Empirical study of exchange rates in Brazil, Canada and the Caribbean

Sreedhar V Iyer, Florida International University


This dissertation examines the monetary models of exchange rate determination for Brazil, Canada, and two countries in the Caribbean, namely, the Dominican Republic and Jamaica. With the exception of Canada, the others adopted the floating regime during the past ten years. The empirical validity of four seminal models in exchange rate economics were determined. Three of these models were entirely classical (Bilson and Frenkel) or Keynesian (Dornbusch) in nature. The fourth model (Real Interest Differential Model) was a mixture of the two schools of economic theory. There is no clear empirical evidence of the validity of the monetary models. However, the signs of the coefficients of the nominal interest differential variable were as predicted by the Keynesian hypothesis in the case of Canada and as predicted by the Chicago theorists in the remaining countries. Moreover, in case of Brazil, due to hyperinflation, the exchange rate is heavily influenced by domestic money supply. I also tested the purchasing power parity (PPP) for this same set of countries. For both the monetary as well as the PPP hypothesis, I tested for co-integration and applied ordinary least squares estimation procedure. The error correction model was also used for the PPP model, to determine convergence to equilibrium. The validity of PPP is also questionable for my set of countries. Endogeinity among the regressors as well as the lack of proper price indices are the contributing factors. More importantly, Central Bank intervention negate rapid adjustment of price and exchange rates to their equilibrium value. However, its forecasting capability for the period 1993-1994 is superior compared to the monetary models in two of the four cases. I conclude that in spite of the questionable validity of these models, the monetary models give better results in the case of the "smaller" economies like the Dominican Republic and Jamaica where monetary influences swamp the other determinants of exchange rate.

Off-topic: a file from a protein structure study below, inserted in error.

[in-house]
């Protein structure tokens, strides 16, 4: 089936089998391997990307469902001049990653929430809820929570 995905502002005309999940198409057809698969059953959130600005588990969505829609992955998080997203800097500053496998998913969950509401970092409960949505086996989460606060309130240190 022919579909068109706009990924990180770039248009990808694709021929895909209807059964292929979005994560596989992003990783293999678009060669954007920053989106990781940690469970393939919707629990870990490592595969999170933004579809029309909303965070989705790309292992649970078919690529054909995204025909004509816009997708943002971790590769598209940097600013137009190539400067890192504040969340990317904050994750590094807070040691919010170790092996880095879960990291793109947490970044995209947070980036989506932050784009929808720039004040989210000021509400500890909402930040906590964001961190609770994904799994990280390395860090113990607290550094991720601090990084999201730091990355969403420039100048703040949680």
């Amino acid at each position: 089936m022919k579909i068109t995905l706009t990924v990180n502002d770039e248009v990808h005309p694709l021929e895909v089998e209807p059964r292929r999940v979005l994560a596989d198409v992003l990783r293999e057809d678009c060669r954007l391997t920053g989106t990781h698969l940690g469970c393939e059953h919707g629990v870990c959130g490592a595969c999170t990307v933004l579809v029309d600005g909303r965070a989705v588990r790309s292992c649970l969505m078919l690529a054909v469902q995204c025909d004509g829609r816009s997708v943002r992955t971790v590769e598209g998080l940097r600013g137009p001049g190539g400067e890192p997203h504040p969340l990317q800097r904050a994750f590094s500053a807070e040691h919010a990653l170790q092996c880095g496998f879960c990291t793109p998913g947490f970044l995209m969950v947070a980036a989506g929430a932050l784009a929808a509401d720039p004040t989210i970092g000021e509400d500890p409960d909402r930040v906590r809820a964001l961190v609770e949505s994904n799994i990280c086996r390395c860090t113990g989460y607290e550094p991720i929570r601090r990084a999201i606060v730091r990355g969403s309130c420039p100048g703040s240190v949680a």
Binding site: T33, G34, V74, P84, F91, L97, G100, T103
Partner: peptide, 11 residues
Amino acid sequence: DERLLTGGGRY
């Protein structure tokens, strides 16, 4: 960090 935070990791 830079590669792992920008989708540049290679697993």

Subject Area

Economics|Business costs|Finance

Recommended Citation

Iyer, Sreedhar V, "Empirical study of exchange rates in Brazil, Canada and the Caribbean" (1997). ProQuest ETD Collection for FIU. AAI9805219.